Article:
As for beer, Berretta says he wants to do something different in the market. He says he's into beers with "heavier, fruited, stronger flavors" and "crazy stuff" like a salted caramel pastry stout. "I want to be seen as the brewers' brewery, where the other brewers feel comfortable coming in and doing collaborations with us, and it's just fun and creativity and just forget the rest," Berretta says.


"We expect summer." And that's as close as Kellan Bartosch, owner and co-founder of Wiseacre Brewing Co., could predict for the opening of the company's second location, a 43,500-square-foot, $7 million taproom and brewery now rising from the earth Downtown on B.B. King Boulevard between Butler and Vance. The taproom will make up only 5,000 square feet of the space. The magic for Bartosch and his brother and co-founder Davin Bartosch is in the rest of the space — the brewhouse, warehouse, lab, cellar, and grain mill.

"The biggest thing that [the new location] does for us is just allow us to fulfill our potential as a business," says Kellan Bartosch.

Production capacity at the original Broad Avenue location was frustrating and tough, he says. The new location will allow growth. While many have asked, Bartosch says the opportunity for a regional brewery to go national (like Bell's or Founders) just doesn't really exist anymore, especially with the amount of breweries in the country now.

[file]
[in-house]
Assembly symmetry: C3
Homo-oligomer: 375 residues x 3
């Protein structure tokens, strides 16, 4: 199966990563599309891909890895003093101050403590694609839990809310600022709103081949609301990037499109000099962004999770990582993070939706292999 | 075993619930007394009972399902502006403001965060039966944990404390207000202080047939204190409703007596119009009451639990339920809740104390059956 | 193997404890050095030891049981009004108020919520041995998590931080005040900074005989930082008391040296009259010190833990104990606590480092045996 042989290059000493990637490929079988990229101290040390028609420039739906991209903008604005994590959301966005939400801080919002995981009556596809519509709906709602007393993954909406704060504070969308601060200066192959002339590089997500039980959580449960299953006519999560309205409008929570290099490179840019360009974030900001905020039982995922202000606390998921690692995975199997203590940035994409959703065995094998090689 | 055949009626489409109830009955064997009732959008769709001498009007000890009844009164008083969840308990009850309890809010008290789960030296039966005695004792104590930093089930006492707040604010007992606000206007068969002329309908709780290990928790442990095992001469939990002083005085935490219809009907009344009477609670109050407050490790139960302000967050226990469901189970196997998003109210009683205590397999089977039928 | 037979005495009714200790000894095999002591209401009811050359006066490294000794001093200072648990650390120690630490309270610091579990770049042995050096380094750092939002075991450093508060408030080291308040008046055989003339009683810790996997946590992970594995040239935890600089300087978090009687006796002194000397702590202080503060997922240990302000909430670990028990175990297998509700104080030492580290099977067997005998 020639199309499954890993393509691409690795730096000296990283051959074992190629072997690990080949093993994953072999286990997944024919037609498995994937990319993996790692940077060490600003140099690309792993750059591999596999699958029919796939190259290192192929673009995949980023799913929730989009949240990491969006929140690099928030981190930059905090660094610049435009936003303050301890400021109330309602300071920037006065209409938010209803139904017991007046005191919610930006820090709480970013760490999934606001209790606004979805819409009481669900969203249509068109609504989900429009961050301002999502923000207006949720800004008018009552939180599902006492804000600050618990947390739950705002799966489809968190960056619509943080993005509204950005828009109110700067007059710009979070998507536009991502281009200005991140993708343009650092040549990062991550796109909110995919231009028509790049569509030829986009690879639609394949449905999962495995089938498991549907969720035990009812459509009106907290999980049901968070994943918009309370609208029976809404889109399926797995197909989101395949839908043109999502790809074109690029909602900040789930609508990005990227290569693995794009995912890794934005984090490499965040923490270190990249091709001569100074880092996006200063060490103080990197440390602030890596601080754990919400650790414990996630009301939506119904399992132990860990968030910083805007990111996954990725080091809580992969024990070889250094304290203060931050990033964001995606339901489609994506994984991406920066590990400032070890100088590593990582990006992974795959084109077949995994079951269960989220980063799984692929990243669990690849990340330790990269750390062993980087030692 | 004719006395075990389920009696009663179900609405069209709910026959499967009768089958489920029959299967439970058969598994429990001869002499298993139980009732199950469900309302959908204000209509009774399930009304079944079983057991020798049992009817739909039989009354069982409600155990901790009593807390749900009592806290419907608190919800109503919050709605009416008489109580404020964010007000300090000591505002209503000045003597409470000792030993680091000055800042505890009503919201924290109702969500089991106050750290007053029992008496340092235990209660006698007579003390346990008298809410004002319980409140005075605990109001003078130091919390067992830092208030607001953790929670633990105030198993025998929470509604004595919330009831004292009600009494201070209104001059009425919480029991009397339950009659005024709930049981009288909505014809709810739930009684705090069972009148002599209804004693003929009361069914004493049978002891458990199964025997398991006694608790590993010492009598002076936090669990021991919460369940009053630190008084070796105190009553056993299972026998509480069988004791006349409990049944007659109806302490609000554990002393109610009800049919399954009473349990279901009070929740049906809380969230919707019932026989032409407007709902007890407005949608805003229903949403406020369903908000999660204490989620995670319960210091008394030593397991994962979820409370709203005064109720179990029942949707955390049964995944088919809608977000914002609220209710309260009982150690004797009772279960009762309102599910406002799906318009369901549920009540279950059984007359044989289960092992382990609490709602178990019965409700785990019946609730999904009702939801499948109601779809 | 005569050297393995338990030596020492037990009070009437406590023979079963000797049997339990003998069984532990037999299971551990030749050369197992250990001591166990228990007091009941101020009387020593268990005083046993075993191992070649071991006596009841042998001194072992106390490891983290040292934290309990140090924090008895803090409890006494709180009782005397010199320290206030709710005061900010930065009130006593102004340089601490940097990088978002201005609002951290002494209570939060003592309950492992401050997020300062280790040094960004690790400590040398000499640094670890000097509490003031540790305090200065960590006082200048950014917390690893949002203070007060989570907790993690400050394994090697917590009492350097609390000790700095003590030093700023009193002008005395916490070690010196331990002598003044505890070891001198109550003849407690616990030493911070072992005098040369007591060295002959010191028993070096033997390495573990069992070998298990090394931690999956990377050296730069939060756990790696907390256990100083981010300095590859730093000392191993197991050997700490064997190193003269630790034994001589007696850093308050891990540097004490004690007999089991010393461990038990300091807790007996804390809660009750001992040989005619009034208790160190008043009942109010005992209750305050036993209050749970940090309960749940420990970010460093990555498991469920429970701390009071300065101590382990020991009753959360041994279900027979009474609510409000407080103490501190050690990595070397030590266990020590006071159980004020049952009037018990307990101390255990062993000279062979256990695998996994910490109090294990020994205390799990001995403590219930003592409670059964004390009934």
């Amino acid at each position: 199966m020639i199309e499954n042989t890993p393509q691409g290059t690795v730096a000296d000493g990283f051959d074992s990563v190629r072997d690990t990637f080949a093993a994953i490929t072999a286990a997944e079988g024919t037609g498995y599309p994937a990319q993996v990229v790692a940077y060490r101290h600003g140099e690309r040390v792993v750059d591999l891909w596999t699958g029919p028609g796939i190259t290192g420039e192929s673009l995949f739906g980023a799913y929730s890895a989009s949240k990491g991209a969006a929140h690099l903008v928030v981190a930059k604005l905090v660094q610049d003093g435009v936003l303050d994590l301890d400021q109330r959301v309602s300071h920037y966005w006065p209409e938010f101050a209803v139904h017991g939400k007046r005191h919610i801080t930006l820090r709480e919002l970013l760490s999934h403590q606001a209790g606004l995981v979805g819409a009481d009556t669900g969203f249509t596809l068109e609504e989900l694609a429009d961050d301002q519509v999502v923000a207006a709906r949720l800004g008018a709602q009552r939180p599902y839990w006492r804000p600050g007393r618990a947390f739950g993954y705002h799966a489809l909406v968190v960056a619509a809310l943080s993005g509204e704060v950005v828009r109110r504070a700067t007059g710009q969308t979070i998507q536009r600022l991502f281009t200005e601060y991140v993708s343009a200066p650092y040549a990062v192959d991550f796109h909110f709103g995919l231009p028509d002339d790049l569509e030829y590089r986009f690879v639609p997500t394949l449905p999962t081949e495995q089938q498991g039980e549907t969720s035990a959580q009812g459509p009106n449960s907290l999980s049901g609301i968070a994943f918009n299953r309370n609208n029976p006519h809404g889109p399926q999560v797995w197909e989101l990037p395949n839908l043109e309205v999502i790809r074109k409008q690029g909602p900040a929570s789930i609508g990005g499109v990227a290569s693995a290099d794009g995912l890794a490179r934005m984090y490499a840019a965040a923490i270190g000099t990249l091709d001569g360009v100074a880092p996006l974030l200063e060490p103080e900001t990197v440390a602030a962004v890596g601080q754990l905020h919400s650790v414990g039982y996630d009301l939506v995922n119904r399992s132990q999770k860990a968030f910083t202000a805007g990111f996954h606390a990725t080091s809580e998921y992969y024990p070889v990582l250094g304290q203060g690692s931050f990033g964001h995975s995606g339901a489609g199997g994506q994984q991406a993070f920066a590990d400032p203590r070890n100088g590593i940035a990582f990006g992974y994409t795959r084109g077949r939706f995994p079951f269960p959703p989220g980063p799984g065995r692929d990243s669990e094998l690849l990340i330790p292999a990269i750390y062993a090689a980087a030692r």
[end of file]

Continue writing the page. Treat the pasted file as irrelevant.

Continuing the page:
But for Davin Bartosch, Wiseacre's head brewer, it's more than that.

"The new location has more to do with us being able to make the best beer we can," he says. "My goal, ever since we opened, was to make the best beer in the world. Having nicer equipment allows us to get much better at making beer."

A new canning line will help eliminate more oxygen in the cans, which extends shelf life and creates consistency.   

For now, look for Wiseacre's Regular Pale Ale year round, a fresh series of "new-age-y" IPAs, and new packaging, including 16-ounce cans, more 12-packs, and even 24-packs.


It was a hell of a party, especially for a 2-year-old.

The planning was intense, tons of new beer was made and poured, tons of friends came, and at its height, the party was a raucous, full-tilt boogie. It's not every day a brewery turns 2. Even though Crosstown Brewing Company sold more beer on its second birthday than it did on its opening night, co-founder Clark Ortkiese won't ever forget that first night.

"Of course, we're better at serving than before, and our point of sale [system] didn't crash, and the draft system wasn't completely screwed up like it was on the first day," Ortkiese remembers.

Two years on, it's creativity that keeps Ortkiese feeling like work ain't work.

"That's how I get to cut loose creatively and how [head brewer] Stephen Tate gets to cut loose," Ortkiese says. "We just figure out how we're going to do this ... and work toward it."

Look for that creativity in new, seasonal cans including Delta Cat, a low-alcohol, Euro-born grisette (dropping this week), and a New England IPA called Chowda, out later in March.

Ortkiese says taking risks on esoteric styles comes easier as the Memphis craft beer market matures. For proof, he points to two "successful" sour-beer can releases over the last two summers.

"So, yeah, I trust the market enough to say let's go do some weird stuff and some old-school stuff," Ortkiese says.


Meddlesome Brewing Company is readying to answer the question its fans have been asking since they opened: When can they find Meddlesome beers in stores?